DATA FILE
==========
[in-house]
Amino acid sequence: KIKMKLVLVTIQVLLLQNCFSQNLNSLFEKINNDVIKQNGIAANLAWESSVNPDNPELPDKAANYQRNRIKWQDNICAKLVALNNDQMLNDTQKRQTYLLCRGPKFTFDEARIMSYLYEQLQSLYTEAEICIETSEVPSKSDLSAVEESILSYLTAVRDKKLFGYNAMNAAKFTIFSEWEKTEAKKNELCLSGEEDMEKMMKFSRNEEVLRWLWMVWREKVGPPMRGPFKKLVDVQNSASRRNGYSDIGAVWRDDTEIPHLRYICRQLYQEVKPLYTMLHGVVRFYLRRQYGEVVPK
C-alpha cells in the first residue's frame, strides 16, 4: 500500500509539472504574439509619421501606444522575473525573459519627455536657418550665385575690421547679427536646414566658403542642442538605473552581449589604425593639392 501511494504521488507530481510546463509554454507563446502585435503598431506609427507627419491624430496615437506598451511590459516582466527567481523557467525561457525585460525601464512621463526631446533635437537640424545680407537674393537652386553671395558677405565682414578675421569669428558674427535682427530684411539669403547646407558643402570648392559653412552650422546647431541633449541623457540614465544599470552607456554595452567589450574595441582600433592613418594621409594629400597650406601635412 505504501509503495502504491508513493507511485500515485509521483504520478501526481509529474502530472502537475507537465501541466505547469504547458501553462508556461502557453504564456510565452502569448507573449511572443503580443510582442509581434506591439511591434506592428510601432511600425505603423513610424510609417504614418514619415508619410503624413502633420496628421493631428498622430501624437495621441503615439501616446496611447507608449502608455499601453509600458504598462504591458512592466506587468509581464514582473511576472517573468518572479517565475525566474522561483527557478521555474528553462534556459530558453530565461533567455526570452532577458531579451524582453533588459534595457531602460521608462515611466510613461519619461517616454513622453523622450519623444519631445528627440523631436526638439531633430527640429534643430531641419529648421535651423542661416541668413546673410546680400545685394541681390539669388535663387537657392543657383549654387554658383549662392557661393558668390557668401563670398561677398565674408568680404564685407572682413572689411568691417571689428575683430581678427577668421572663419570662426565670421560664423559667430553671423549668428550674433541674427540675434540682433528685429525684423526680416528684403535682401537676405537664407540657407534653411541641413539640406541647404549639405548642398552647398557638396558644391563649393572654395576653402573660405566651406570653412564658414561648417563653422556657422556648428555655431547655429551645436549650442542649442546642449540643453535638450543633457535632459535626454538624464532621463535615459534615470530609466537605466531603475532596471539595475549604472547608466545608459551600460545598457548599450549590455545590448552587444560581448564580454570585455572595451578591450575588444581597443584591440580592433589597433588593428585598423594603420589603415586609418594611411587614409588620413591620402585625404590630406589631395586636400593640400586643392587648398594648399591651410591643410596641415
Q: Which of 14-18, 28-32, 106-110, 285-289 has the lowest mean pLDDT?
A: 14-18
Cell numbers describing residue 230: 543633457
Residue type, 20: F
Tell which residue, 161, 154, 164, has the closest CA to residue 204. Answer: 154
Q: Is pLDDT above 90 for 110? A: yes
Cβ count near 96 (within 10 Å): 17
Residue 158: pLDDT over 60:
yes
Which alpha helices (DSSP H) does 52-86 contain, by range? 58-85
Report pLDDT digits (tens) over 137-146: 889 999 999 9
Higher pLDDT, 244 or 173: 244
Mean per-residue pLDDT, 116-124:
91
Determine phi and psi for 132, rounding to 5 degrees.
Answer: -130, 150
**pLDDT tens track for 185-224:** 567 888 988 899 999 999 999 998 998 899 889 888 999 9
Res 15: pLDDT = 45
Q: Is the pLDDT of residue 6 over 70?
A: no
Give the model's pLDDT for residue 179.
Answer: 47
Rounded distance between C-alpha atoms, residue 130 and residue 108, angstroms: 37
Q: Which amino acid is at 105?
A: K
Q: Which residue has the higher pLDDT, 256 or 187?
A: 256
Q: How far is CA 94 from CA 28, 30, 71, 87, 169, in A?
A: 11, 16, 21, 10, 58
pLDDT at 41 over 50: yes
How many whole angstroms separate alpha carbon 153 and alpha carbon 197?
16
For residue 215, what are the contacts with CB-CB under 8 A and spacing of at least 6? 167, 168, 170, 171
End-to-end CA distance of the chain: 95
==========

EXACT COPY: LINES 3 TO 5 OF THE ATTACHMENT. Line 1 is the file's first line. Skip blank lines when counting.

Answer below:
C-alpha cells in the first residue's frame, strides 16, 4: 500500500509539472504574439509619421501606444522575473525573459519627455536657418550665385575690421547679427536646414566658403542642442538605473552581449589604425593639392 501511494504521488507530481510546463509554454507563446502585435503598431506609427507627419491624430496615437506598451511590459516582466527567481523557467525561457525585460525601464512621463526631446533635437537640424545680407537674393537652386553671395558677405565682414578675421569669428558674427535682427530684411539669403547646407558643402570648392559653412552650422546647431541633449541623457540614465544599470552607456554595452567589450574595441582600433592613418594621409594629400597650406601635412 505504501509503495502504491508513493507511485500515485509521483504520478501526481509529474502530472502537475507537465501541466505547469504547458501553462508556461502557453504564456510565452502569448507573449511572443503580443510582442509581434506591439511591434506592428510601432511600425505603423513610424510609417504614418514619415508619410503624413502633420496628421493631428498622430501624437495621441503615439501616446496611447507608449502608455499601453509600458504598462504591458512592466506587468509581464514582473511576472517573468518572479517565475525566474522561483527557478521555474528553462534556459530558453530565461533567455526570452532577458531579451524582453533588459534595457531602460521608462515611466510613461519619461517616454513622453523622450519623444519631445528627440523631436526638439531633430527640429534643430531641419529648421535651423542661416541668413546673410546680400545685394541681390539669388535663387537657392543657383549654387554658383549662392557661393558668390557668401563670398561677398565674408568680404564685407572682413572689411568691417571689428575683430581678427577668421572663419570662426565670421560664423559667430553671423549668428550674433541674427540675434540682433528685429525684423526680416528684403535682401537676405537664407540657407534653411541641413539640406541647404549639405548642398552647398557638396558644391563649393572654395576653402573660405566651406570653412564658414561648417563653422556657422556648428555655431547655429551645436549650442542649442546642449540643453535638450543633457535632459535626454538624464532621463535615459534615470530609466537605466531603475532596471539595475549604472547608466545608459551600460545598457548599450549590455545590448552587444560581448564580454570585455572595451578591450575588444581597443584591440580592433589597433588593428585598423594603420589603415586609418594611411587614409588620413591620402585625404590630406589631395586636400593640400586643392587648398594648399591651410591643410596641415
Q: Which of 14-18, 28-32, 106-110, 285-289 has the lowest mean pLDDT?
A: 14-18